The rivers and the waterfall,
Wherein I bathed with you.
Bewildered by your beauty there,
I’d kneel to dry your feet.
By such instructions you prepare
A man for Boogie Street.


After all the mangled and sanitised versions we have been bombarded with in recent years, it was good to hear Leonard Cohen sing Hallelujah as he meant it to be sung and heard. And then, after I’m your man, he read – or recited – as a poem, rather than singing, A Thousand Kisses Deep:

The ponies run, the girls are young,
The odds are there to beat.
You win a while, and then it’s done –
Your little winning streak.
And summoned now to deal
With your invincible defeat,
You live your life as if it’s real,
A Thousand Kisses Deep.

I’m turning tricks, I’m getting fixed,
I’m back on Boogie Street.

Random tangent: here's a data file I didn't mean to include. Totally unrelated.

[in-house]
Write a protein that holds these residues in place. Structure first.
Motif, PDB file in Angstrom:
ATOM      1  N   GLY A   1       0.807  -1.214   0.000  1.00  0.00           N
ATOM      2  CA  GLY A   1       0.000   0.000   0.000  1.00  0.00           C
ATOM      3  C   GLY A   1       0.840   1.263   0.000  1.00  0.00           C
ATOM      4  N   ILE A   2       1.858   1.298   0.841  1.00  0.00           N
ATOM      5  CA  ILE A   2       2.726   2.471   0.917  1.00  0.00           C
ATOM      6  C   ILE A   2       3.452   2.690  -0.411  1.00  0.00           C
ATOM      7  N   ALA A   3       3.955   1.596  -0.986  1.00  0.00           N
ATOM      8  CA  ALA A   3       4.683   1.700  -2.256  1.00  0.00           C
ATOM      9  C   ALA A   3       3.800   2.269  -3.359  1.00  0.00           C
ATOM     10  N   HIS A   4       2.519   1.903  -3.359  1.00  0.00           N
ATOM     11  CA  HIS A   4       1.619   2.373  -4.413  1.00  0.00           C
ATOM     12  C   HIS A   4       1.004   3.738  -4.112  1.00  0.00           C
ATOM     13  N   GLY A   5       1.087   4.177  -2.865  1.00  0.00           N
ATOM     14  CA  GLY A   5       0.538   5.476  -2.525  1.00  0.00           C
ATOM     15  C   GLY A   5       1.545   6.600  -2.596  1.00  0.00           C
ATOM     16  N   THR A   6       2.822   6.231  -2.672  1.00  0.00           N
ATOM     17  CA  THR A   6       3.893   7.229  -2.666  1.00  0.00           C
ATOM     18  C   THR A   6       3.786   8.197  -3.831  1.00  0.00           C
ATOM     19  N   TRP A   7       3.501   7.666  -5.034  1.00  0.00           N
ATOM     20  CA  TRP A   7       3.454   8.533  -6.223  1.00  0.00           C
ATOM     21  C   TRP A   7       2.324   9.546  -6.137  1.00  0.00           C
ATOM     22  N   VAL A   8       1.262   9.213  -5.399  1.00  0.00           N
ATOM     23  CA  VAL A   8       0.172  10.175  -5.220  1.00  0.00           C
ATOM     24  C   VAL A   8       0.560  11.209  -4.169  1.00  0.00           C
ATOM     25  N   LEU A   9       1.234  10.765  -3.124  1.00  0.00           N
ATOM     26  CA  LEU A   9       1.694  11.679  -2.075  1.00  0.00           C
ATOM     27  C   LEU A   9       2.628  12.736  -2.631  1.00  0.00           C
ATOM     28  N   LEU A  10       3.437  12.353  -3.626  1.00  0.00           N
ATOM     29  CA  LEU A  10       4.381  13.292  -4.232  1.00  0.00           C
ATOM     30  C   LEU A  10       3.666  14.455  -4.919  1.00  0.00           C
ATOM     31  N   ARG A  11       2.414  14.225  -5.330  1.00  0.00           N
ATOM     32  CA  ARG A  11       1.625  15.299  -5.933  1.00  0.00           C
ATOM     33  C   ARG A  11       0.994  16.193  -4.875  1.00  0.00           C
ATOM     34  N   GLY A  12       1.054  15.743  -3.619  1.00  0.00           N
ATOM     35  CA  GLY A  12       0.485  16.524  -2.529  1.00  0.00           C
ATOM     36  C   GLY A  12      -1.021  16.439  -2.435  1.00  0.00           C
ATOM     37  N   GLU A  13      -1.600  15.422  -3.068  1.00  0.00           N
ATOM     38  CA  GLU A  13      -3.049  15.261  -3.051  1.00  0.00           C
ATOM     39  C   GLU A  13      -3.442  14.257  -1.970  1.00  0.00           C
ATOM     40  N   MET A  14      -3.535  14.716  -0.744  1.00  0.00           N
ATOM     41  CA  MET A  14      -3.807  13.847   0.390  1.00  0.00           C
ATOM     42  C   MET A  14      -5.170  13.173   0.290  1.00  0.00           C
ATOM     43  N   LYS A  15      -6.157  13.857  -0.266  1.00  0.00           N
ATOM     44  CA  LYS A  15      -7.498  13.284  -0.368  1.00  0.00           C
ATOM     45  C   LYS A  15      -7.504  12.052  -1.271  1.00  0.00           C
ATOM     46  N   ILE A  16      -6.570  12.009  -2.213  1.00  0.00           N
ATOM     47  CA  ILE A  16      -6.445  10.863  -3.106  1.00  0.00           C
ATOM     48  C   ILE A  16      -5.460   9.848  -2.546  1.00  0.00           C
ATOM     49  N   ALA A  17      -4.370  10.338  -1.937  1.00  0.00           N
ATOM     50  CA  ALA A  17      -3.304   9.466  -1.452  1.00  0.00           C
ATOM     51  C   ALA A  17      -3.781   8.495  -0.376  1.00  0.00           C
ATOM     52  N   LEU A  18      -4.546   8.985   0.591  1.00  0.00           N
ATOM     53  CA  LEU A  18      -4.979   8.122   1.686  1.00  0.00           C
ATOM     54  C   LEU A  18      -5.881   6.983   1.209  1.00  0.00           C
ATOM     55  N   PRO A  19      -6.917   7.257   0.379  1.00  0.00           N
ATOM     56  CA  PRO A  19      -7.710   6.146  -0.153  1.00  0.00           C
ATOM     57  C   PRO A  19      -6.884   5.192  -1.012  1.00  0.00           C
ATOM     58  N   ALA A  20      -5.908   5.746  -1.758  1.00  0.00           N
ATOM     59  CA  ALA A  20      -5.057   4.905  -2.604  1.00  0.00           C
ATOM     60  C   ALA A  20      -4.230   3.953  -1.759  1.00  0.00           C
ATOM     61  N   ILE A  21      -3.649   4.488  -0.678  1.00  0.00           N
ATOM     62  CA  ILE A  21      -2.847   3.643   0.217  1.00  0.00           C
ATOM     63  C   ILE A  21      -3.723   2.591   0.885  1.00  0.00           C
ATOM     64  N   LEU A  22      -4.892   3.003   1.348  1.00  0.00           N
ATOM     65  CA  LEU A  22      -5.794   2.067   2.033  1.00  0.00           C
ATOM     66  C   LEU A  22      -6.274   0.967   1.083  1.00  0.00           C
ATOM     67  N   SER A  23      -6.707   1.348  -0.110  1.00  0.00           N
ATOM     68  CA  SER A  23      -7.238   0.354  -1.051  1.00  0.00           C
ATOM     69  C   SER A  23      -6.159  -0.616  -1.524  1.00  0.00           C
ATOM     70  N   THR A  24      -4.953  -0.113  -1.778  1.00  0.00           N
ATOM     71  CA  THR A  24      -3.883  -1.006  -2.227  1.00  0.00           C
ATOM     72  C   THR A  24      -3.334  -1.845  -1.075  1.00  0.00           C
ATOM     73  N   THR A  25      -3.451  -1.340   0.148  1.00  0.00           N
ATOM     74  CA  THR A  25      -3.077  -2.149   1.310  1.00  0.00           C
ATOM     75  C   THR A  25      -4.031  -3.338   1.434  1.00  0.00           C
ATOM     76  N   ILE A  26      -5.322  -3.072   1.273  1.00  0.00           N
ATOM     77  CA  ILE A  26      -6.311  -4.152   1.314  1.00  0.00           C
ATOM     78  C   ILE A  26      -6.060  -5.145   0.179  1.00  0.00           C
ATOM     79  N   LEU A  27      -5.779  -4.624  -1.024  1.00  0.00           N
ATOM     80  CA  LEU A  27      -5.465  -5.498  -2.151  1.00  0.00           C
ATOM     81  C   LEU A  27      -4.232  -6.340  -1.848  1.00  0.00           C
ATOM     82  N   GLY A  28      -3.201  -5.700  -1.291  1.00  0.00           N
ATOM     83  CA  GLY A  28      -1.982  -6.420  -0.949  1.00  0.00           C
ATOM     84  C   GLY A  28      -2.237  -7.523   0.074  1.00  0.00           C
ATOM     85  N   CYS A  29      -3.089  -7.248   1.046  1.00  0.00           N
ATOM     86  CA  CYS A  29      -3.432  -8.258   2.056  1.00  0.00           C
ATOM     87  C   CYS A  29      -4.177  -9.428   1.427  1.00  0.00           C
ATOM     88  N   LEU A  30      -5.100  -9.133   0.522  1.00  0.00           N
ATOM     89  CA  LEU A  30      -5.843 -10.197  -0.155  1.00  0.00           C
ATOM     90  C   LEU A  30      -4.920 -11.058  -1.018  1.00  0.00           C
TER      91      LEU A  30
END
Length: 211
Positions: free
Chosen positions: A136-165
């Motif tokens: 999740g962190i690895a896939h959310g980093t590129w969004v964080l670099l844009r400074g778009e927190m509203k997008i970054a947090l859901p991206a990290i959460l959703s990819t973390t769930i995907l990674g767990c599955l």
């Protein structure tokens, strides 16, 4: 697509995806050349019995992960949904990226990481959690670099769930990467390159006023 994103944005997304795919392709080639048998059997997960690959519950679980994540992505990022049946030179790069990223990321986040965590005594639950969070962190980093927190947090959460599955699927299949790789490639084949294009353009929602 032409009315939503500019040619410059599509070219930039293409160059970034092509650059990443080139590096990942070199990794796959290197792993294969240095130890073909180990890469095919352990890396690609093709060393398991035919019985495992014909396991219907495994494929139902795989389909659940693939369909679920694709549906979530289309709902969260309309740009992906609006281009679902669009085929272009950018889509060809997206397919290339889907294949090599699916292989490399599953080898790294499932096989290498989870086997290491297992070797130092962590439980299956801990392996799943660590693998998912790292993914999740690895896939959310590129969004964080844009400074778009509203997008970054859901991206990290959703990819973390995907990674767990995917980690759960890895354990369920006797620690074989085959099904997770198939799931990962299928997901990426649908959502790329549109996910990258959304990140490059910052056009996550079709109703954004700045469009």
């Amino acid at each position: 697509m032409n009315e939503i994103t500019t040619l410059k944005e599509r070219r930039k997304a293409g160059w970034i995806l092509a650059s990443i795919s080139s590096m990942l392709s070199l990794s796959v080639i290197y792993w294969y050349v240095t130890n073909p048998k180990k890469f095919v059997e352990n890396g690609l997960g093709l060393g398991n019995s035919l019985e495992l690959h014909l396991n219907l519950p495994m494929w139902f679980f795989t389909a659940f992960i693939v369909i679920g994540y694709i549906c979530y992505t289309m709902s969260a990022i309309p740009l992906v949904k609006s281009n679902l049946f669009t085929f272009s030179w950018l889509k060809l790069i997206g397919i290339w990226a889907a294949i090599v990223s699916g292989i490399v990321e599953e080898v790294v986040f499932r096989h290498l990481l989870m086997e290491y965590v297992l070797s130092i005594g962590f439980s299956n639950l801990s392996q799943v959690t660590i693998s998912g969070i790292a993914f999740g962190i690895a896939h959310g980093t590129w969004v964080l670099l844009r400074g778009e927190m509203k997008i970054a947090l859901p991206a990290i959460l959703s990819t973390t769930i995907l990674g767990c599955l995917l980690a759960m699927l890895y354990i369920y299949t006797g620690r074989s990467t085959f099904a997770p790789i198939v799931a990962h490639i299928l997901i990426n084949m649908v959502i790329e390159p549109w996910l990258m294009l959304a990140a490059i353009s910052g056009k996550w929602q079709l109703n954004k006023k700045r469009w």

You lose your grip, and then you slip
Into the Masterpiece.
And maybe I had miles to drive,
And promises to keep:
You ditch it all to stay alive,
A Thousand Kisses Deep.

And sometimes when the night is slow,
The wretched and the meek,
We gather up our hearts and go,
A Thousand Kisses Deep.

Confined to sex, we pressed against
The limits of the sea:
I saw there were no oceans left
For scavengers like me.
I made it to the forward deck.
I blessed our remnant fleet –
And then consented to be wrecked,
A Thousand Kisses Deep.

I’m turning tricks, I’m getting fixed,
I’m back on Boogie Street.
I guess they won’t exchange the gifts
That you were meant to keep.
And quiet is the thought of you,
The file on you complete,
Except what we forgot to do,
A Thousand Kisses Deep.

And sometimes when the night is slow,
The wretched and the meek,
We gather up our hearts and go,
A Thousand Kisses Deep.

The ponies run, the girls are young,
The odds are there to beat . . .